Mary and Lou and Rhoda and Ted: And all the Brilliant Minds Who Made The Mary Tyler Moore Show a Classic

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I suppose it would have made┬ámore sense to have actually seen a few episodes of the TV show I was reading a book about. Midway through the book I was able to watch the first few episodes of the first season and had a deeper appreciation for what I was reading. A hilarious glimpse in the 2nd episode of Rhoda’s introduction of herself as “another person in the room” to Howard Arnell (played by Valerie Harper’s real life hubby Dick Schaal) when he only has eyes for Mary. The line was Treva Silverman’s and she went on to produce comedy gold for the show for many seasons before bumming around Europe for awhile to see the world.

The book isn’t well written, wooden sentences clunking together like a poorly built engine. I recognize the challenge the author faced from having conducted many interviews and having to let people’s words shine through your own writing. Like the women who wanted to be sure it came out that they didn’t mind being the only woman in the room, either as a writer or executive, because it “made them feel special.” The author gives us this without comment, missing her chance to point out some obvious pitfalls of women who aren’t woke.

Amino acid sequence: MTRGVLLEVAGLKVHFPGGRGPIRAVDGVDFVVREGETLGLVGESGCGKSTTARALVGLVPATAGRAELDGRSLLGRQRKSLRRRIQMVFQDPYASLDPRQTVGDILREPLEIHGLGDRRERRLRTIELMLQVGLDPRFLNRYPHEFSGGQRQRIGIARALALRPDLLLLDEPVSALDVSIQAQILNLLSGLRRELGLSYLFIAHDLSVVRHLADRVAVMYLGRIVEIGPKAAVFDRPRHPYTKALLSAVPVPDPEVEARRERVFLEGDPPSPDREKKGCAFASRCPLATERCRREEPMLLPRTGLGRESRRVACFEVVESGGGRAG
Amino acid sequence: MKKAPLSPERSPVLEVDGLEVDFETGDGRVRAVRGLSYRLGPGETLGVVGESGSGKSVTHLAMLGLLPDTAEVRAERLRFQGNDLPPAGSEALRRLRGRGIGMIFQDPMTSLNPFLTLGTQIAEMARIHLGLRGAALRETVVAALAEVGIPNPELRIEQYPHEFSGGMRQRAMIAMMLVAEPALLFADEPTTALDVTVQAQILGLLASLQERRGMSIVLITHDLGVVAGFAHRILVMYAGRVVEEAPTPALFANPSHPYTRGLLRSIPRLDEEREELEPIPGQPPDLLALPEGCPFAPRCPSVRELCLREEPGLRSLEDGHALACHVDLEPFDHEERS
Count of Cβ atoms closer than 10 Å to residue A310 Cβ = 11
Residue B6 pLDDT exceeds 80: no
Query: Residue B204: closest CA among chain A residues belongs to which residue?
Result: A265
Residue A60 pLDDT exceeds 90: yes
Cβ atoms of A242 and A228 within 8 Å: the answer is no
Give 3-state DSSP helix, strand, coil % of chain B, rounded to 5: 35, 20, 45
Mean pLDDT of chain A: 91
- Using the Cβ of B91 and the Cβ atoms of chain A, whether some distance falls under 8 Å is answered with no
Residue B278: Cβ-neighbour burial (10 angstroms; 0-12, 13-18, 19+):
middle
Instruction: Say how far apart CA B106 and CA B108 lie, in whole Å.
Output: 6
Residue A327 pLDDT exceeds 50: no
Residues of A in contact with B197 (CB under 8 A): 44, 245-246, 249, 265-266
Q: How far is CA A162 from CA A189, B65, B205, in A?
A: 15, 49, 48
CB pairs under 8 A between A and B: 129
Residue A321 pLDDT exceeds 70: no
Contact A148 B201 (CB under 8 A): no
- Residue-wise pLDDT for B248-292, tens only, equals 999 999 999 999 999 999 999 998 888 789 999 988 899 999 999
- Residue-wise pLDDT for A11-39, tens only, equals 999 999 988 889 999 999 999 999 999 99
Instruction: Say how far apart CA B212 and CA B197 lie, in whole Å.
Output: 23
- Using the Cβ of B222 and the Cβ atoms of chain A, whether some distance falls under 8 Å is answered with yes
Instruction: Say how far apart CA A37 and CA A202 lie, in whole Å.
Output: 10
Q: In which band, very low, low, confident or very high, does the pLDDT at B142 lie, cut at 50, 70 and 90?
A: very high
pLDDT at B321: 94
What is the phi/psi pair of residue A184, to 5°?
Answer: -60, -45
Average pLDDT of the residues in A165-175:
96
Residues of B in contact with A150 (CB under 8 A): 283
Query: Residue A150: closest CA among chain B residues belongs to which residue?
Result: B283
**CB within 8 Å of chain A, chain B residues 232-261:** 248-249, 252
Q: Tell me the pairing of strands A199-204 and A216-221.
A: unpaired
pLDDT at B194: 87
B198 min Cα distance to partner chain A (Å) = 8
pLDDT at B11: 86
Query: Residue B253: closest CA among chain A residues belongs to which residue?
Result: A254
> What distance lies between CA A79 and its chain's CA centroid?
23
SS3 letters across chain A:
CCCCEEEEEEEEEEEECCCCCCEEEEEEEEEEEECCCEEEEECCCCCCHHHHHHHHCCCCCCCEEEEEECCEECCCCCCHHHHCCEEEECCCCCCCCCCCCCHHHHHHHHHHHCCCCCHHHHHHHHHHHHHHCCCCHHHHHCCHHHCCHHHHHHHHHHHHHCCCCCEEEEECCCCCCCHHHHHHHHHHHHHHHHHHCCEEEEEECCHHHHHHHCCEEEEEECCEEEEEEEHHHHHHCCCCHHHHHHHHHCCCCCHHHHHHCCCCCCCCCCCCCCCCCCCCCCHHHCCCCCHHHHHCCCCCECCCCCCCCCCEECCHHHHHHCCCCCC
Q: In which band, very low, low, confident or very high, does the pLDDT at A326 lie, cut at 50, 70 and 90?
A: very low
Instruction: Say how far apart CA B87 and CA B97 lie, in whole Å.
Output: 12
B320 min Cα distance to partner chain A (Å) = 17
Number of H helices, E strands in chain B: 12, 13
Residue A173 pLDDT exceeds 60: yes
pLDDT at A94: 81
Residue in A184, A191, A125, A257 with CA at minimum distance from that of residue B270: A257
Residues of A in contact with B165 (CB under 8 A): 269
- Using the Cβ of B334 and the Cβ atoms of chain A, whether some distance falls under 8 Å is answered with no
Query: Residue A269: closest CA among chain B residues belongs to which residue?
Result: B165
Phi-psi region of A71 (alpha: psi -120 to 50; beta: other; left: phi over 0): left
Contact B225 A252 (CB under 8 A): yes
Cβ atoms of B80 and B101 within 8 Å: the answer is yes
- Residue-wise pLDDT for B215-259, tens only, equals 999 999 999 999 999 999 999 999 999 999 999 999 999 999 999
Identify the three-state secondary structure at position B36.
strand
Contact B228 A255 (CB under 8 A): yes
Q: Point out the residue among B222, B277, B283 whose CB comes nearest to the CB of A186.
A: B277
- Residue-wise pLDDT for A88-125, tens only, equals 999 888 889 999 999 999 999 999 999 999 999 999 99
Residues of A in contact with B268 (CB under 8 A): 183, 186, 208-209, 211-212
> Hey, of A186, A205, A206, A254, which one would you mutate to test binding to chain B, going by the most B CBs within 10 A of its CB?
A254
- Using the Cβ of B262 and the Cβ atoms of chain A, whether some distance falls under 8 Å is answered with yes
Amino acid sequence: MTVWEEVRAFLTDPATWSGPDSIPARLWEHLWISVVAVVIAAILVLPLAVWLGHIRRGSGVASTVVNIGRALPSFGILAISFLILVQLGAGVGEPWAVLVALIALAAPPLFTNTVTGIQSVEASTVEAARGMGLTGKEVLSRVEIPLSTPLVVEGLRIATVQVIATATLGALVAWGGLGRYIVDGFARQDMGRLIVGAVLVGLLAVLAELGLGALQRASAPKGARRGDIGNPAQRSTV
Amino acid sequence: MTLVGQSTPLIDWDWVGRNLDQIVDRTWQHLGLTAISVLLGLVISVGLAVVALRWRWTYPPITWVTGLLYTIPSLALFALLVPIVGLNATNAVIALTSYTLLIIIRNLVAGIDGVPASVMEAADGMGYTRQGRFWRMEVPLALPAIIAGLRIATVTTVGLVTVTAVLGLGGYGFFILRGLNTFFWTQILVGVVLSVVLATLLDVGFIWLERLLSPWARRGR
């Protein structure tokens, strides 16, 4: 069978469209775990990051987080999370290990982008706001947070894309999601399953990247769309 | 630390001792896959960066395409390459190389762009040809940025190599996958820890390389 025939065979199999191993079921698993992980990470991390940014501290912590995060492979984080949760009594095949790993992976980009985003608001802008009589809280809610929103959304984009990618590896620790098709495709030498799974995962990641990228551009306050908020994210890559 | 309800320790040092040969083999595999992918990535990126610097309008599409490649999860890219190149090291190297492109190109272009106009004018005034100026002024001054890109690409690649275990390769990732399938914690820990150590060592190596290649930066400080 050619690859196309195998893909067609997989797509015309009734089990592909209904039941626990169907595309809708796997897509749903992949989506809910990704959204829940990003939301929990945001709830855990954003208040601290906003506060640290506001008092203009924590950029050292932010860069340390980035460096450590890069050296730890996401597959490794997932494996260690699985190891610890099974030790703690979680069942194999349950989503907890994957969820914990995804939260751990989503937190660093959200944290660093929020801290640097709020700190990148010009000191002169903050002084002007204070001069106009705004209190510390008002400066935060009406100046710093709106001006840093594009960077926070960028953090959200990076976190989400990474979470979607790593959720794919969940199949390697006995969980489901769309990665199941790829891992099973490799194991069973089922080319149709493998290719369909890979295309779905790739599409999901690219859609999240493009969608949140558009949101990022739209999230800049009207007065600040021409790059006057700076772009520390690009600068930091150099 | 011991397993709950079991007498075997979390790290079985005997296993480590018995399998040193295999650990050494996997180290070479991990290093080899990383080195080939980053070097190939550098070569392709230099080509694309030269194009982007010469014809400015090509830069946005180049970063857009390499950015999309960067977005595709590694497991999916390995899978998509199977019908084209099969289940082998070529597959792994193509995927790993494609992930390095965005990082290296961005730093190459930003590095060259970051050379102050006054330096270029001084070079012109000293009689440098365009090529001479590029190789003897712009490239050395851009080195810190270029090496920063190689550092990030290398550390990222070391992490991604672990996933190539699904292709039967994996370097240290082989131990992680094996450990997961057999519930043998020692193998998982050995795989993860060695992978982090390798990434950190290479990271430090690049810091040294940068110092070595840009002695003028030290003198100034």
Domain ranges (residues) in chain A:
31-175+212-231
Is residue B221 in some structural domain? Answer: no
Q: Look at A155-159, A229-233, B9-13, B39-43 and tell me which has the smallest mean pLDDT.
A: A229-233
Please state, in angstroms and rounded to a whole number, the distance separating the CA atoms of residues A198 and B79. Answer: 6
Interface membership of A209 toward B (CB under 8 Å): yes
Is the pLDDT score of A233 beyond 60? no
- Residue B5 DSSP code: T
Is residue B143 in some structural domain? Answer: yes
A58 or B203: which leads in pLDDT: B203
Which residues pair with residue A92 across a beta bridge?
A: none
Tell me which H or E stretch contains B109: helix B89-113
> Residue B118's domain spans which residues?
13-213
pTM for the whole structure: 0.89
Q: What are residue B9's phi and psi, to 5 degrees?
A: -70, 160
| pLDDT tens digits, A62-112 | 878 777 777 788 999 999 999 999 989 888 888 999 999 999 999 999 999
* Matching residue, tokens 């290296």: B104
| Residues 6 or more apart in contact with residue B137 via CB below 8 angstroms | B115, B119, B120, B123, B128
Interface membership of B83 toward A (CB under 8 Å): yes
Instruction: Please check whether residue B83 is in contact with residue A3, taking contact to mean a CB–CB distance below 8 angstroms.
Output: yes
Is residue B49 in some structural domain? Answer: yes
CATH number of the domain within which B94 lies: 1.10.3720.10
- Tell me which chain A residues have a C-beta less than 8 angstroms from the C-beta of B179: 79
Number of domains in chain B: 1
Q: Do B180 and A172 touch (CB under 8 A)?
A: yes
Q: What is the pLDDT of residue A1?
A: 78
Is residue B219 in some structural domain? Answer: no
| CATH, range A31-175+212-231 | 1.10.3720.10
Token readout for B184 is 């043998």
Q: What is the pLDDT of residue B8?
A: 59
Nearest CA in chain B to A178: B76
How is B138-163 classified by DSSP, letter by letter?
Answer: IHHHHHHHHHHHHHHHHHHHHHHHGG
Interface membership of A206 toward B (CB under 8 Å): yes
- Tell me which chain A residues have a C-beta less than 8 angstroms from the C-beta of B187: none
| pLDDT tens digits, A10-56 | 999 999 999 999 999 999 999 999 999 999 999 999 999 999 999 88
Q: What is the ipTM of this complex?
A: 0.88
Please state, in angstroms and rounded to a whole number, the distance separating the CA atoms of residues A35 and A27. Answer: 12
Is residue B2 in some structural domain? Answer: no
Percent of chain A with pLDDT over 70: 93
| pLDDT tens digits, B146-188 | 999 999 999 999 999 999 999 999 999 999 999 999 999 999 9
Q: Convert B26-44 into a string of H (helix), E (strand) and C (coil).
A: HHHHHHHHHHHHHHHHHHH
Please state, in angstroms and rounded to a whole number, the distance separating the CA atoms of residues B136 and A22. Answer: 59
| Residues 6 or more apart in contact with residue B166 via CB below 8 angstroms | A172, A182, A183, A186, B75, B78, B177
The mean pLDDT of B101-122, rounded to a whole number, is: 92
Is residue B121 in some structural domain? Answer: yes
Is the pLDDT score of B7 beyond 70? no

It does provide a detailed picture of the television landscape in the early 1970s, how networks jumped on the Women’s Lib bandwagon to capture viewers and how they quickly abandoned this tact in the latter half of the decade when inflation was hitting and people wanted to lose themselves in fantasy puff pieces instead.

One thing that comes across is the rare environment the team experienced on the show– having a friendly, warm, safe space for the women writers was unusual and something they’d always struggle to recreate in future projects.

Other odds & ends: Betty White was pals with MTM and when asked to be on the show was a bit hesitant to cross the friend/work line. Betty Ford appeared on the show drunk from the White House. One woman executive had to leave her high heels outside the exec bathroom as a signal that she was in there because there was no lock on the door nor any women’s bathroom.